On a sunny November afternoon, crews from Integrated Deicing Services watched as a Boeing C-17 Globemaster III parked on the Sierra deicing pad at Pittsburgh International Airport.
Once the jet came to a full stop, two deicing trucks pulled up on each side of the aircraft and began their delicate maneuvers around the gigantic transport plane, including the forward fuselage, wings and tail.
IDS performs all deicing operations for the 911th Airlift Wing, the Air Force Reserve station at PIT that operates seven C-17s. Each year, IDS operators drill before winter, allowing deicers to become accustomed to working around the 141-ton aircraft.
Winter operations can be volatile, said Master Sgt. James Williams, an aircraft maintenance supervisor with the 911th.
“If any snow or ice freezes on the aircraft, it all must be removed before takeoff,” Williams said. “Without deicing, we could be looking at putting the aircraft in a hangar or shutting down flight operations.”
Similarly, the 171st Air Refueling Wing of the Pennsylvania Air National Guard, also based at PIT, trains its crews each year before the winter season to prepare its airmen for deicing operations.
The 171st flies the Boeing KC-135 Stratotanker, the primary tanker for the Air Force. The mission of the KC-135 is conducting aerial refueling of aircraft, including fighters, bombers and cargo transports.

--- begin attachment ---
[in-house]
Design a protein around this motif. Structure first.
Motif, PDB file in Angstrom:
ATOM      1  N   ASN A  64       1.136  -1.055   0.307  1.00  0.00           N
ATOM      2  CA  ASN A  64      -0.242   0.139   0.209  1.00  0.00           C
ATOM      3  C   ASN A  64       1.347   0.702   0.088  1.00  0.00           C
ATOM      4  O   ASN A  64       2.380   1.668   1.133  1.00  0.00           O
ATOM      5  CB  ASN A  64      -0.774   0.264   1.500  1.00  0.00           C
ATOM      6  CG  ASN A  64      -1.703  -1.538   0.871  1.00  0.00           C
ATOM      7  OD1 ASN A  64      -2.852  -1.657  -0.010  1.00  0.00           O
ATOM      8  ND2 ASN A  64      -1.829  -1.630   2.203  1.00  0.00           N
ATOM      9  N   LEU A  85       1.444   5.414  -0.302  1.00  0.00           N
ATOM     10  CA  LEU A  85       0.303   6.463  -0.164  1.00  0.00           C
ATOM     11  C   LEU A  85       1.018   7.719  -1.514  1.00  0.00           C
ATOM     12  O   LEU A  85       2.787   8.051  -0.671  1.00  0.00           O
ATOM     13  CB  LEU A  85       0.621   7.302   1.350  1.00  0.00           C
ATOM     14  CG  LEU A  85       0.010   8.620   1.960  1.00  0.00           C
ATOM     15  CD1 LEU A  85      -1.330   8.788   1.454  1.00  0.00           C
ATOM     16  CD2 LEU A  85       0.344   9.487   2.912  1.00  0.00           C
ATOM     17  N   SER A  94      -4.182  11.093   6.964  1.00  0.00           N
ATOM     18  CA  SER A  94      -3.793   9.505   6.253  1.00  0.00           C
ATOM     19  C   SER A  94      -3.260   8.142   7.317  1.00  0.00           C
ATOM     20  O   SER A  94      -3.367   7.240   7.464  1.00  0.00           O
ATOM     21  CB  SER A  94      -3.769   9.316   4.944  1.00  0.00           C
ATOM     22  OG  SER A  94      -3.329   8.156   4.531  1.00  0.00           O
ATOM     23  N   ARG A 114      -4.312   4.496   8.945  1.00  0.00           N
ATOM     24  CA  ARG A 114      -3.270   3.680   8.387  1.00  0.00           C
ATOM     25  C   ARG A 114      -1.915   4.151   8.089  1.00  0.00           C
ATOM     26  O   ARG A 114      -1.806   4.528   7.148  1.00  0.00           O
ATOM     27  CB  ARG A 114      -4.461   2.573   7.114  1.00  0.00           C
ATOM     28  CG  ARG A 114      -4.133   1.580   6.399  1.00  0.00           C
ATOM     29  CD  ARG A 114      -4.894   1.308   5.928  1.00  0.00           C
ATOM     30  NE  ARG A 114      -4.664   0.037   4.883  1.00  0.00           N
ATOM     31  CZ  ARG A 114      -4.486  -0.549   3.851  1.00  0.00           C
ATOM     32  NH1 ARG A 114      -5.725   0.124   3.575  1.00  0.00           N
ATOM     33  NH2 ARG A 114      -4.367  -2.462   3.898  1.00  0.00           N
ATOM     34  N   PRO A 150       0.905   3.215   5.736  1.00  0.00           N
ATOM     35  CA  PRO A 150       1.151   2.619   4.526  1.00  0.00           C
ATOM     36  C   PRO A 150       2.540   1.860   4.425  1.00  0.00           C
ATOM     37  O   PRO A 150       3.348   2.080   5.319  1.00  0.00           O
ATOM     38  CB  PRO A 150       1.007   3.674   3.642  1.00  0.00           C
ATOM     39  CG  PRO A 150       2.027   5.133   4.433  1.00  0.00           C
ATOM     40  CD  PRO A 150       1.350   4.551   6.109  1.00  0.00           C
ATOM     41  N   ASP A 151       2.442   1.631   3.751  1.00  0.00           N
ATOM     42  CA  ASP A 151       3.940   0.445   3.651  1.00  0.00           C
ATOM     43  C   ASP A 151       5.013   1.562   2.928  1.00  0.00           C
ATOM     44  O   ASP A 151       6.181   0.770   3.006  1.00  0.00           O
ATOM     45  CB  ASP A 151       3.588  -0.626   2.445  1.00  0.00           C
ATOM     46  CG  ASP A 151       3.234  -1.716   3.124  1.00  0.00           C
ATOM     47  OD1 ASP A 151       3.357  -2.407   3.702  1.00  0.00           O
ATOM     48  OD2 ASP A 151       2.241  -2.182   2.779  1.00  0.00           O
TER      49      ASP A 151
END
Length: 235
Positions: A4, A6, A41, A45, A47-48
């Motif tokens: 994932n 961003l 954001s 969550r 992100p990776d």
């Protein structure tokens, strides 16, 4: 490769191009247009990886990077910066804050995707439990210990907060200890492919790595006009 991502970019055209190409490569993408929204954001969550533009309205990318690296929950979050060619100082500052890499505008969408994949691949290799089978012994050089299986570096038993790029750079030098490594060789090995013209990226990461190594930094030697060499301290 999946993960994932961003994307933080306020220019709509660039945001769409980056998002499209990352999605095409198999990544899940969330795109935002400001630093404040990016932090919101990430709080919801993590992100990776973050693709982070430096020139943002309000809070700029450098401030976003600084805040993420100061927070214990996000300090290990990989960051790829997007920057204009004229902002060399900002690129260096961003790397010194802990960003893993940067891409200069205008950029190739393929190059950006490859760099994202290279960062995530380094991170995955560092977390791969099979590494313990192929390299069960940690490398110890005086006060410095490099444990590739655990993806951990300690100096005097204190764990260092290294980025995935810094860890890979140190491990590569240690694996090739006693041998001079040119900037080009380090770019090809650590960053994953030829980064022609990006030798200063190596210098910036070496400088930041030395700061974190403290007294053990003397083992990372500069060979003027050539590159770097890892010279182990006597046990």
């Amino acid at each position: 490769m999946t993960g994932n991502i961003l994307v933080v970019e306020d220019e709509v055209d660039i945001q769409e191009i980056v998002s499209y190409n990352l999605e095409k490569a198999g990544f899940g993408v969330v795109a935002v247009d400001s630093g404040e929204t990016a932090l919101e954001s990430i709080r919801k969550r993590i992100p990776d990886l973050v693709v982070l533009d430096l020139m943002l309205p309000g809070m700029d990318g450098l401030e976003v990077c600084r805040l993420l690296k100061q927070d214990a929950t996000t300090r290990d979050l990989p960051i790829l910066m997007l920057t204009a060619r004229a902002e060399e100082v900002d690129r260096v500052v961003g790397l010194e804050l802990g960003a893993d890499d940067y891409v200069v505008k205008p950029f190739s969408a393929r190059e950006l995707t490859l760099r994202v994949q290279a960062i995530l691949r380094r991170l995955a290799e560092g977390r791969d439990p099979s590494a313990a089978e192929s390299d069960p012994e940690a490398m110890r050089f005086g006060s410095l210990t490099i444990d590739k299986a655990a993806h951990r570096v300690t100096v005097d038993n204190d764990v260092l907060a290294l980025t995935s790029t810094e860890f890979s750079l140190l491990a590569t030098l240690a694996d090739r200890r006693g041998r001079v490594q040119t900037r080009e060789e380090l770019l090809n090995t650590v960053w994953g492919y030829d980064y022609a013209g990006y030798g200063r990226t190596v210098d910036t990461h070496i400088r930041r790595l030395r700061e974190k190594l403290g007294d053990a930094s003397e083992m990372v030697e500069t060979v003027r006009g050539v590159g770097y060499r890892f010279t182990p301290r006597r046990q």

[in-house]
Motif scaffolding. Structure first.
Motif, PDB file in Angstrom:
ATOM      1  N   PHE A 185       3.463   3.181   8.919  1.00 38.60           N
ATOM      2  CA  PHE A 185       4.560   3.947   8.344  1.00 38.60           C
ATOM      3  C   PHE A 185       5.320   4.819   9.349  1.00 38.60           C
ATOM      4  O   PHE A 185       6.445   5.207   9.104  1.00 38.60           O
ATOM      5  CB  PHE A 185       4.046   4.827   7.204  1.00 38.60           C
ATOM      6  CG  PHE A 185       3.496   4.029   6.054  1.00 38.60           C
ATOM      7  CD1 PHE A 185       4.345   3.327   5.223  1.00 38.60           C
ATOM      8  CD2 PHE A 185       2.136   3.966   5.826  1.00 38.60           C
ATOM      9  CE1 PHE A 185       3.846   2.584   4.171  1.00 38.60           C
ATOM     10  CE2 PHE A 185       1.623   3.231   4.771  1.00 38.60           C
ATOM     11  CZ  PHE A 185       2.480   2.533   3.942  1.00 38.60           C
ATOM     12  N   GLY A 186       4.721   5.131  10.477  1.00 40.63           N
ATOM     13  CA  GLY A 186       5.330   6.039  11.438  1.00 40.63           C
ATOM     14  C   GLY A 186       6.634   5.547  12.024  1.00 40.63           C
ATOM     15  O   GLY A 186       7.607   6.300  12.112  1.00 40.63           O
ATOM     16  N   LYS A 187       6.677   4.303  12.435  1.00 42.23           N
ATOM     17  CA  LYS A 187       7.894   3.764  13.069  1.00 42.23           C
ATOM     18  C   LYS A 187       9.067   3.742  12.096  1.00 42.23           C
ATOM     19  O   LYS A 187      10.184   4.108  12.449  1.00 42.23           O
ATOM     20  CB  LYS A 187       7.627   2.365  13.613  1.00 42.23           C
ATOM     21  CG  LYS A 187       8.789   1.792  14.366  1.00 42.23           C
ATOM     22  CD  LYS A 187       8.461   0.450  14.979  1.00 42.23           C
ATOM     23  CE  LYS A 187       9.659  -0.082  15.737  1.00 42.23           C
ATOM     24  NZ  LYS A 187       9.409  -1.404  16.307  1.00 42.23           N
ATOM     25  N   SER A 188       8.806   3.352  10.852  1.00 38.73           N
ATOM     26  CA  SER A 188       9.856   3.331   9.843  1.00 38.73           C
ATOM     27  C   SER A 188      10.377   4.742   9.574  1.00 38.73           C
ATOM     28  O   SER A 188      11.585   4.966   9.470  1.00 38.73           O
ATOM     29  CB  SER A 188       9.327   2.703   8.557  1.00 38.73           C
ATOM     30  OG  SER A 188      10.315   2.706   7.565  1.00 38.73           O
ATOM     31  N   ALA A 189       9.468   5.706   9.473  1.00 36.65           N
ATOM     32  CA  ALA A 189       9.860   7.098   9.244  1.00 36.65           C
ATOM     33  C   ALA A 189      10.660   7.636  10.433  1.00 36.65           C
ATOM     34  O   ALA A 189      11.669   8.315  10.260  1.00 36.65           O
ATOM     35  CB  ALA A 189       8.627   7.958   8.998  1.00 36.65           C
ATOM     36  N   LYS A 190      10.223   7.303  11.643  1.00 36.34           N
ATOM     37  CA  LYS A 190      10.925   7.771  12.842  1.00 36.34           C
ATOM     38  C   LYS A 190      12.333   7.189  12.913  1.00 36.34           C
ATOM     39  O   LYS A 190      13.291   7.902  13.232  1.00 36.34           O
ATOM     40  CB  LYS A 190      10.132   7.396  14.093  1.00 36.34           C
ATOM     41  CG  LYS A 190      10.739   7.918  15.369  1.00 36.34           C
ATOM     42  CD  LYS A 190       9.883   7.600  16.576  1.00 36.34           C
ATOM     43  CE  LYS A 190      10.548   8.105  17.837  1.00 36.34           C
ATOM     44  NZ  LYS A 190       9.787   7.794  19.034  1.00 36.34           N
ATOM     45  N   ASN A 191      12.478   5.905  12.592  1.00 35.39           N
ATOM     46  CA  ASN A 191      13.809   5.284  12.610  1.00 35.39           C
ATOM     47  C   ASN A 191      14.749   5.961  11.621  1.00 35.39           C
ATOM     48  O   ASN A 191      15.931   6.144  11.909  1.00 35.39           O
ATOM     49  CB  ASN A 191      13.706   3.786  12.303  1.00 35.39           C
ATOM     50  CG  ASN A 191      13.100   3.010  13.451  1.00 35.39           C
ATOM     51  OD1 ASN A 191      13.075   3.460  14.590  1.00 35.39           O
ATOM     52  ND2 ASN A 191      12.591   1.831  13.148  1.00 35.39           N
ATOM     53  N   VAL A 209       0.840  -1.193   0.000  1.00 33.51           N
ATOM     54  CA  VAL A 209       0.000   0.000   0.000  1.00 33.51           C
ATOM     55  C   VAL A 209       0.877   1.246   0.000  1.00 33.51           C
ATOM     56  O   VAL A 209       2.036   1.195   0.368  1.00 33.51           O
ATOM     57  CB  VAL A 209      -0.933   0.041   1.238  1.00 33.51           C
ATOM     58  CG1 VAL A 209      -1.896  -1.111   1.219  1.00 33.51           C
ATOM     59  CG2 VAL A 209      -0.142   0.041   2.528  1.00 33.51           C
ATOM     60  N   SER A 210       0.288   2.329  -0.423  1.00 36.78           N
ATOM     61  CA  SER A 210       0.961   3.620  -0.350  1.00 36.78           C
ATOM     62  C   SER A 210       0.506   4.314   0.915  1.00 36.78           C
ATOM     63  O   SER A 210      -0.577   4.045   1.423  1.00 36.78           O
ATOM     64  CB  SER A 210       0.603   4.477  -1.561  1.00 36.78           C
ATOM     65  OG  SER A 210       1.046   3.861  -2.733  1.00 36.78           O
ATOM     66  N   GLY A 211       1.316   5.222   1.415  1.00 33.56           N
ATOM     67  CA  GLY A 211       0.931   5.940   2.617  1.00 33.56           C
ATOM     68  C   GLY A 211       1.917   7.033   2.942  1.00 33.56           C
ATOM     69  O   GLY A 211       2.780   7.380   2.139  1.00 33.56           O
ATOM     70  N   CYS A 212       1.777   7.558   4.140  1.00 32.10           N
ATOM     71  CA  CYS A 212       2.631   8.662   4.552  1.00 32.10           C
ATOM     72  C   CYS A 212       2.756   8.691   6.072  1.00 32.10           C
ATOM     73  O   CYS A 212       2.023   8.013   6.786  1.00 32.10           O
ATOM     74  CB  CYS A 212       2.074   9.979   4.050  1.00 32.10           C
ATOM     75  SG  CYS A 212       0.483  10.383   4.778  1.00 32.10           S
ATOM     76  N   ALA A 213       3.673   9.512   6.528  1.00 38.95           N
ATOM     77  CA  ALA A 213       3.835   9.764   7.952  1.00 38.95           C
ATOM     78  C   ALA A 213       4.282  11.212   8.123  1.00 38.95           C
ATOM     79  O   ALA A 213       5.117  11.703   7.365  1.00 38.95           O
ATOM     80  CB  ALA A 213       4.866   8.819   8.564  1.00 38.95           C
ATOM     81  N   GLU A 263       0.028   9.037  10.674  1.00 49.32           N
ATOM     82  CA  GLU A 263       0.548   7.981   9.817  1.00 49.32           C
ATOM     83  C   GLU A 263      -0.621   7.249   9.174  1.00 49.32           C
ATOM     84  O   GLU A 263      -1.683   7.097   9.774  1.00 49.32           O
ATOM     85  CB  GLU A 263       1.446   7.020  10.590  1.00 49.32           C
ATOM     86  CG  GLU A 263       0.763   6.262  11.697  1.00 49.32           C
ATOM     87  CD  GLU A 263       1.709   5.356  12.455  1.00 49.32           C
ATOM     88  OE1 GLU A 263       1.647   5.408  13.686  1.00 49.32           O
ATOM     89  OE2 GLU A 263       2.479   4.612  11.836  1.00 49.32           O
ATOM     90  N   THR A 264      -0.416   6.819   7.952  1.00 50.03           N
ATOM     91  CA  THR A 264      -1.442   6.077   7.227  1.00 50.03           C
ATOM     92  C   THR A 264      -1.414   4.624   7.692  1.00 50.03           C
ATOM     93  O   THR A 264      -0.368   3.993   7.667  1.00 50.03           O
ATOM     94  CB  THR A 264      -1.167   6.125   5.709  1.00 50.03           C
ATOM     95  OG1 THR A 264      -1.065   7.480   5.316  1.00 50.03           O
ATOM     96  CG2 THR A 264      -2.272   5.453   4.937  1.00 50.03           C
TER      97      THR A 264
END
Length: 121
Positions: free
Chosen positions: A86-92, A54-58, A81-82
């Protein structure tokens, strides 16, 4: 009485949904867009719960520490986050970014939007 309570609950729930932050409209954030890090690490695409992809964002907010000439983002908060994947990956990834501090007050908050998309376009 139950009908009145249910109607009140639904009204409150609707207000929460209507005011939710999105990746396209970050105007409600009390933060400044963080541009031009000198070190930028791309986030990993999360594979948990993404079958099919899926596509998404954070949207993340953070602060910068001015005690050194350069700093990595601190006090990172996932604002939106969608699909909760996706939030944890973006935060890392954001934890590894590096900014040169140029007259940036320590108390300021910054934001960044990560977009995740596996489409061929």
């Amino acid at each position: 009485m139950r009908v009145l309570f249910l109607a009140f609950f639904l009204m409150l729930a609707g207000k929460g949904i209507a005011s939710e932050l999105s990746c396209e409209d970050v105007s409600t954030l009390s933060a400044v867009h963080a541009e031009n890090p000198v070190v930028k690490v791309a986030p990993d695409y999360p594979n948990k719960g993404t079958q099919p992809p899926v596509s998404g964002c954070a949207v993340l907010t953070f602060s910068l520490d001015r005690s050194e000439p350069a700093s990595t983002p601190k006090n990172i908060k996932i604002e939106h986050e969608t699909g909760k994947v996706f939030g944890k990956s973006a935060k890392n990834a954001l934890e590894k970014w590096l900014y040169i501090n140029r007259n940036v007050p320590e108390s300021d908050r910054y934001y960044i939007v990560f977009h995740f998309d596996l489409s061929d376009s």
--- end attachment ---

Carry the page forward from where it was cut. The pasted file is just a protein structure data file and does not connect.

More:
All deicing for the 171st is performed by the base’s Maintenance Squadron.
Maj. Alex Steel, commander of the 171st Air Refueling Wing Aircraft Maintenance Squadron, said that preparations for the winter season begin during the summer and fall.
“Equipment and vehicles are inspected, deicing fluid samples are tested for quality and personnel receive refresher training on deicing operations and ramp procedures,” he said. “Our deicing procedures contain multiple stages and steps depending on the weather conditions.”
Methodical and safe
Military aircraft follow the same standards for deicing as commercial aviation .
The process beings by removing as much snow from the aircraft as possible. Special rakes and air blowers mounted to trucks are used to clear surfaces of the airplane—both are useful if the accumulated snowfall is light.
In the case of a wet or heavy snowfall, Air Traffic Control will direct the aircraft to one of PIT’s three deicing pads: Charlie, Sierra or fixed-base operator Atlantic Aviation. Charlie can work on as many as five aircraft at once; Sierra can hold up to six.
The deicers then run a truck-mounted boom over the aircraft and apply a heated mixture of propylene glycol and water to remove remaining snow and ice. An operator inside a cab controls a nozzle to spray the deicing fluid.
If necessary, sprayers will also apply an anti-icing fluid that prevents the buildup of snow and ice. Crews take into account temperature, type of precipitation, wind speed and rate of accumulation to determine how long it will take for snow and ice to build up again.
It typically takes about 12 minutes to deice a plane, although a variety of factors can affect that turnaround time, including weather and aircraft size .
Leftover deicing fluid that collects on the pad must be recovered and recycled. Special trucks called Glycol Recovery Vehicles are used to collect excess glycol off the pavement. In addition, every deicing pad at PIT is surrounded by trench drains that capture fluid and precipitation, which runs down and into above-ground collection tanks that are routinely monitored.
Excess glycol is stored in these tanks until it is collected and transported away by a waste recovery agency to be recycled. PIT was one of the first major airports in the U.S. to begin managing and collecting deice fluid.